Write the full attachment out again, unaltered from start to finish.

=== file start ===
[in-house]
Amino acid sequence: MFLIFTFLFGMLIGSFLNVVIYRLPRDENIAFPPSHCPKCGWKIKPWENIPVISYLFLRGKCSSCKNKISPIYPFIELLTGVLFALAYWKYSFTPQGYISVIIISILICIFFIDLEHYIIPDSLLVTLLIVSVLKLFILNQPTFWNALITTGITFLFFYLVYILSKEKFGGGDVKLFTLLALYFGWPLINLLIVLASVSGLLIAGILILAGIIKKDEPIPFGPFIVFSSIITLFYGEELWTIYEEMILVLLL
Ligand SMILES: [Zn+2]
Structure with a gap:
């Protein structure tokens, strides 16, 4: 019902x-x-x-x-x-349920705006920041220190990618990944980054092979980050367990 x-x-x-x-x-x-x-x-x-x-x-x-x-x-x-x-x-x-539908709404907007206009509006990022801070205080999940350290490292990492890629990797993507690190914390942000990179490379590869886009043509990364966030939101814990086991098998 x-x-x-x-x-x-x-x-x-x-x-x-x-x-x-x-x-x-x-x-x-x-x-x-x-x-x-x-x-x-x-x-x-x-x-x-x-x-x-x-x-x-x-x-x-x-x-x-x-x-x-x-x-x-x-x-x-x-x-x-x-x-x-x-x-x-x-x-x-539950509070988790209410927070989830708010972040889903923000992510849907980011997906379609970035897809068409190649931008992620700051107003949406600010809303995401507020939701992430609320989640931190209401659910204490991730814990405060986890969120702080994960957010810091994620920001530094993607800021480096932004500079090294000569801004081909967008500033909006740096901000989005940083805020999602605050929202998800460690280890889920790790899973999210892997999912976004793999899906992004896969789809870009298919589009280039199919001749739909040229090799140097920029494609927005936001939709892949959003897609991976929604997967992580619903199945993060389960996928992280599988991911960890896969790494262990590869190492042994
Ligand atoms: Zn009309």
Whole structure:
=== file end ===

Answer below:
[in-house]
Amino acid sequence: MFLIFTFLFGMLIGSFLNVVIYRLPRDENIAFPPSHCPKCGWKIKPWENIPVISYLFLRGKCSSCKNKISPIYPFIELLTGVLFALAYWKYSFTPQGYISVIIISILICIFFIDLEHYIIPDSLLVTLLIVSVLKLFILNQPTFWNALITTGITFLFFYLVYILSKEKFGGGDVKLFTLLALYFGWPLINLLIVLASVSGLLIAGILILAGIIKKDEPIPFGPFIVFSSIITLFYGEELWTIYEEMILVLLL
Ligand SMILES: [Zn+2]
Structure with a gap:
């Protein structure tokens, strides 16, 4: 019902x-x-x-x-x-349920705006920041220190990618990944980054092979980050367990 x-x-x-x-x-x-x-x-x-x-x-x-x-x-x-x-x-x-539908709404907007206009509006990022801070205080999940350290490292990492890629990797993507690190914390942000990179490379590869886009043509990364966030939101814990086991098998 x-x-x-x-x-x-x-x-x-x-x-x-x-x-x-x-x-x-x-x-x-x-x-x-x-x-x-x-x-x-x-x-x-x-x-x-x-x-x-x-x-x-x-x-x-x-x-x-x-x-x-x-x-x-x-x-x-x-x-x-x-x-x-x-x-x-x-x-x-539950509070988790209410927070989830708010972040889903923000992510849907980011997906379609970035897809068409190649931008992620700051107003949406600010809303995401507020939701992430609320989640931190209401659910204490991730814990405060986890969120702080994960957010810091994620920001530094993607800021480096932004500079090294000569801004081909967008500033909006740096901000989005940083805020999602605050929202998800460690280890889920790790899973999210892997999912976004793999899906992004896969789809870009298919589009280039199919001749739909040229090799140097920029494609927005936001939709892949959003897609991976929604997967992580619903199945993060389960996928992280599988991911960890896969790494262990590869190492042994
Ligand atoms: Zn009309």
Whole structure: